“One should be sufficiently intelligent and interested to know a good deal about any person one comes in close contact with.”
It does not mean that you should not be acquainted with the person; if you want to live with a person you have to be acquainted. But acquaintance is totally different. Acquaintance is a must of every relationship.
“About her. About him. But to try to know any living being is to suck the life out of that being.”
Never try to know. Never try to penetrate the ultimate secret of the person; leave it free. Love gives freedom – it is not a question of conquering. And the more freedom you give, the more knowing happens – but it is not knowledge. It is a feeling, it is intuitive.
“Above all things, with the woman one loves…”
Because the woman is far more mysterious than the man, in fact the most mysterious phenomenon in the whole existence, and very delicate, very fragile. Love is always very fragile – handle it with care.
“Every sacred instinct teaches one that one must leave her unknown.”
Never try to know the woman you love because the moment you start the effort to know her, you have already started destroying her. Soon she will be reduced to a wife, but then she is not the woman you had loved in the first place. The mystery has disappeared, and you are the cause of it.
“You know your woman darkly, in the blood. In the bones, in the marrow. To try to know her mentally is to kill her. Beware, O woman, of the man who wants to find out what you are. And, O man, beware a thousand times more of the woman who wants to know you, or get you, what you are.”
Why a thousand times more? – because the woman’s way of knowing is far deeper than the man’s way of knowing. The man’s way of knowing is scientific and superficial, objective; the woman’s way of knowing is intuitive, subjective. She can penetrate the deeper realms of the man, and that’s why she is capable of killing the love more easily than the man is. Hence a deep fear in every man of the woman he loves – a certain intuitive feeling that the woman represents not only life, but death also.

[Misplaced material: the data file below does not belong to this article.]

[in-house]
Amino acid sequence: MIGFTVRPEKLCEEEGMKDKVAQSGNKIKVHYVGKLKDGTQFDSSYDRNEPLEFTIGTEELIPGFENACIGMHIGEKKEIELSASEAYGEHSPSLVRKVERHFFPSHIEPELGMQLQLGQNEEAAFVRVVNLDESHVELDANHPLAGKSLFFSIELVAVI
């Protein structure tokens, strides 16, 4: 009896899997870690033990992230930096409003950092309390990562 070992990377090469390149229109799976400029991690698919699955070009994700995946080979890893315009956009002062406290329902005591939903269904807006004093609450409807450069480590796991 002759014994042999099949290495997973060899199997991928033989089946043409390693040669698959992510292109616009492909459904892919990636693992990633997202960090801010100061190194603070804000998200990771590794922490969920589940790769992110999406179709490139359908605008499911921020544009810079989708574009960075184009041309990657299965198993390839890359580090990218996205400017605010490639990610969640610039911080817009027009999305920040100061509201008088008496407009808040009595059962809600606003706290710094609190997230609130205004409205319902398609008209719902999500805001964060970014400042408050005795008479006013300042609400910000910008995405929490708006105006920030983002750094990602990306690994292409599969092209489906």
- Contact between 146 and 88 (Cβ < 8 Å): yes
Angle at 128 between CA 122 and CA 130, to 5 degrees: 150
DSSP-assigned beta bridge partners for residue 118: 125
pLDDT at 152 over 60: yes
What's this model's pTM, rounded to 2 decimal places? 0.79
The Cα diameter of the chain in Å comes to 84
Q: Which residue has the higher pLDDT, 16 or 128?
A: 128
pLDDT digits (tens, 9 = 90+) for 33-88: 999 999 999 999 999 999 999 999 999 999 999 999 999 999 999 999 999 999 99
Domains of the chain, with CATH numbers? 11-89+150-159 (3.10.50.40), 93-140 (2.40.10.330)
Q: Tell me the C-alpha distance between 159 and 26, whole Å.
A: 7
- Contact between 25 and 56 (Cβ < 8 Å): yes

In the East, particularly in India, we have the image of the goddess Kali, the mother goddess, Kali. She is both a great lover and a great destroyer. If you have seen the image or any picture you will be puzzled, particularly people coming from the West are very puzzled, but it has a great psychological insight in it.
Kali is dancing on the chest of her lover, Shiva. In Sanskrit, shiva means one aspect of God, and shava – just a little difference in spelling. Shiva means God, shava means corpse. She is dancing on the chest of Shiva, destroying him, making him into a corpse. Shiva is becoming a shava! She has a garland of human skulls around her neck and in one hand she holds a freshly cut head, blood coming out from it.
Why this strange image? It is not strange, it is tremendously psychological. The woman has great power because she is intuitive. Hence Lawrence is right when he says:
“Beware a thousand times more of the woman who wants to know you, or get you, what you are.”
Because you may know or may try to know the woman, but your effort is going to remain superficial; but if she starts penetrating you she can reach the very core. It is not surprising that almost all husbands become henpecked, the woman reduces them to slaves.
“Man does so horribly want to master the secret of life and of individuality with his mind. Keep knowledge for the world of matter, force and function. It has got nothing to do with being.”
And the second insight is also of tremendous importance:
“Love ought not to be perfect…”
Because the moment anything is perfect it dies. Perfection means death.
“It ought to have perfect moments and wildernesses of thorn bushes, which it has. A perfect relationship ought not to be possible…”
Because once a relationship is perfect, nothing is left – nothing is left to explore. All mystery is gone, evaporated.
“Every relationship should have its absolute limits…essential…to the soul of each individual. A truly perfect relationship is one in which each party leave great tracts of the other unknown…”